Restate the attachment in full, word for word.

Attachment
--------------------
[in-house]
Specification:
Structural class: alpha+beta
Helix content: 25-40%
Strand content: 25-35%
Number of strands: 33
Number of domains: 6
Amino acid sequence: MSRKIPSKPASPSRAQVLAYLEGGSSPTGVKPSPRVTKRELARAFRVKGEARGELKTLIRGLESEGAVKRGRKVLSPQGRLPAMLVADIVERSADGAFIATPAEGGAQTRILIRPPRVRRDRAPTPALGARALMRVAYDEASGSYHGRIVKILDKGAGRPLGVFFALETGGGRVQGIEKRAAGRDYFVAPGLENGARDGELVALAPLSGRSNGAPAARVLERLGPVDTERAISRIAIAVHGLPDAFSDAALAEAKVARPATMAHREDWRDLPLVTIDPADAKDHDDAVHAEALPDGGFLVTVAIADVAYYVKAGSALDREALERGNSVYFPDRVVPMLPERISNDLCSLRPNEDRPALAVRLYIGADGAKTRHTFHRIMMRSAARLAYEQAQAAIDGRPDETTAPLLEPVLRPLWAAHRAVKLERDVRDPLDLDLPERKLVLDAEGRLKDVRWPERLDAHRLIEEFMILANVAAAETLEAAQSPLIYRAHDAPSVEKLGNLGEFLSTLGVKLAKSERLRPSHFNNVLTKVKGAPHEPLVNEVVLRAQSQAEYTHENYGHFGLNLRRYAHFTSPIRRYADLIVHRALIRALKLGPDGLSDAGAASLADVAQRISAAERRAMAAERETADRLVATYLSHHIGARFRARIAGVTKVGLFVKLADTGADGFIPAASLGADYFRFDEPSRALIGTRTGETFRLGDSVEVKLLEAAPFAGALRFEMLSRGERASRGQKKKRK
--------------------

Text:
[in-house]
Specification:
Structural class: alpha+beta
Helix content: 25-40%
Strand content: 25-35%
Number of strands: 33
Number of domains: 6
Amino acid sequence: MSRKIPSKPASPSRAQVLAYLEGGSSPTGVKPSPRVTKRELARAFRVKGEARGELKTLIRGLESEGAVKRGRKVLSPQGRLPAMLVADIVERSADGAFIATPAEGGAQTRILIRPPRVRRDRAPTPALGARALMRVAYDEASGSYHGRIVKILDKGAGRPLGVFFALETGGGRVQGIEKRAAGRDYFVAPGLENGARDGELVALAPLSGRSNGAPAARVLERLGPVDTERAISRIAIAVHGLPDAFSDAALAEAKVARPATMAHREDWRDLPLVTIDPADAKDHDDAVHAEALPDGGFLVTVAIADVAYYVKAGSALDREALERGNSVYFPDRVVPMLPERISNDLCSLRPNEDRPALAVRLYIGADGAKTRHTFHRIMMRSAARLAYEQAQAAIDGRPDETTAPLLEPVLRPLWAAHRAVKLERDVRDPLDLDLPERKLVLDAEGRLKDVRWPERLDAHRLIEEFMILANVAAAETLEAAQSPLIYRAHDAPSVEKLGNLGEFLSTLGVKLAKSERLRPSHFNNVLTKVKGAPHEPLVNEVVLRAQSQAEYTHENYGHFGLNLRRYAHFTSPIRRYADLIVHRALIRALKLGPDGLSDAGAASLADVAQRISAAERRAMAAERETADRLVATYLSHHIGARFRARIAGVTKVGLFVKLADTGADGFIPAASLGADYFRFDEPSRALIGTRTGETFRLGDSVEVKLLEAAPFAGALRFEMLSRGERASRGQKKKRK